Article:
Q: I’m so glad that there is such a thing as “Musician’s Doctor” because I have been trying to play some old songs by Metallica and they require massive speed picking. Whenever I try to speed pick, my hand sort of stalls on me. While I’m mentally speed picking, I’m physically not moving. Is there a secret I’m missing? After some time of attempting this, my hand begins to cramp.
A: There’s a few reasons why your hand is not keeping up with your brain’s messages. First, maybe you need to perform some speed drill exercises to develop the muscle fibers in your hand and forearms. I would suggest doing this on one or two strings (not trying to play anything – just pick the open strings. Start off relatively slowly and then build your speed. You’ll get to a point when you begin to have trouble keeping the speed. This is the “trouble zone” and this is where you’ll have to concentrate at developing the skill. Perform this exercise twice a day for at least one month. Do it for about 10 to 15 minutes only each session. We’re not trying to fatigue the muscles – we’re trying to build speed. You should start to see your speed increasing. The purpose of this exercise is to enhance the firing of the muscles fibers.
The next reason why you may not be able to keep up the speed is because of a pinched nerve going from the brain to your hand. Your brain is simply unable to send the complete signal down to the hand and your hand is screwing up. This problem would have to be determined by a chiropractor who can then release the pressure on the nerve via a chiropractic spinal adjustment – usually in the neck area – and your speed will then increase naturally. (a painless procedure – feels great!)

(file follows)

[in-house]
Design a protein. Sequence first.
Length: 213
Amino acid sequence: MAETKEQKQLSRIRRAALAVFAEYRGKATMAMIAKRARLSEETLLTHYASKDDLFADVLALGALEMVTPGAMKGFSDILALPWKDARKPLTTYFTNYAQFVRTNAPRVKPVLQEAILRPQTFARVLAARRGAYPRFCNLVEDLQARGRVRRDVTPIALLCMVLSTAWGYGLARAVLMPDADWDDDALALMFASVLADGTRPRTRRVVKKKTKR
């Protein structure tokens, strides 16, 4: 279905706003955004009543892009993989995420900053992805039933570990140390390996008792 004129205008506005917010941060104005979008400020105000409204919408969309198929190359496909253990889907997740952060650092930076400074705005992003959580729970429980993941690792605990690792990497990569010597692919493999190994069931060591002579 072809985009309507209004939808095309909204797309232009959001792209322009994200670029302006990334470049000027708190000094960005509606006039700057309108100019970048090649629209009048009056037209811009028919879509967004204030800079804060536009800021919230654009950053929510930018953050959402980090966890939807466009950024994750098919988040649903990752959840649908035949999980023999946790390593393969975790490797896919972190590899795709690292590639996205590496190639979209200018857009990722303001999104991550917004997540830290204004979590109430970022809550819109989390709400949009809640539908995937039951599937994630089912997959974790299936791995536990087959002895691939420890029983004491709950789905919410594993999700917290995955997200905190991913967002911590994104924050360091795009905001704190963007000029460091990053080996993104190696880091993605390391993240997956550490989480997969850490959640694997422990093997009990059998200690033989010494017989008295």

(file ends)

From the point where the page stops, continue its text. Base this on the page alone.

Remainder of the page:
Finally, the last issue I would look at is your nutritional status. Muscle contraction is highly controlled by minerals like calcium, magnesium, and sodium. Nerve conduction is the same way, and requires a great deal of B vitamins. You may want to begin taking a multivitamin/mineral complex as an insurance policy that your body has the right nutrition to perform the work.
Good luck in your playing ability.
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Dr. Tim Jameson has been in private chiropractic practice for 10 years.
Dr. Jameson is a guitarist and pianist and plays weekly in his church praise band. Besides enjoying Christian and gospel music, he loves to “play the blues.”
Dr. Jameson has spent the last four years focusing on the care of the musician population. His practice, though, is family-oriented and he specializes in the care of infants and children. (Our musicians to be!)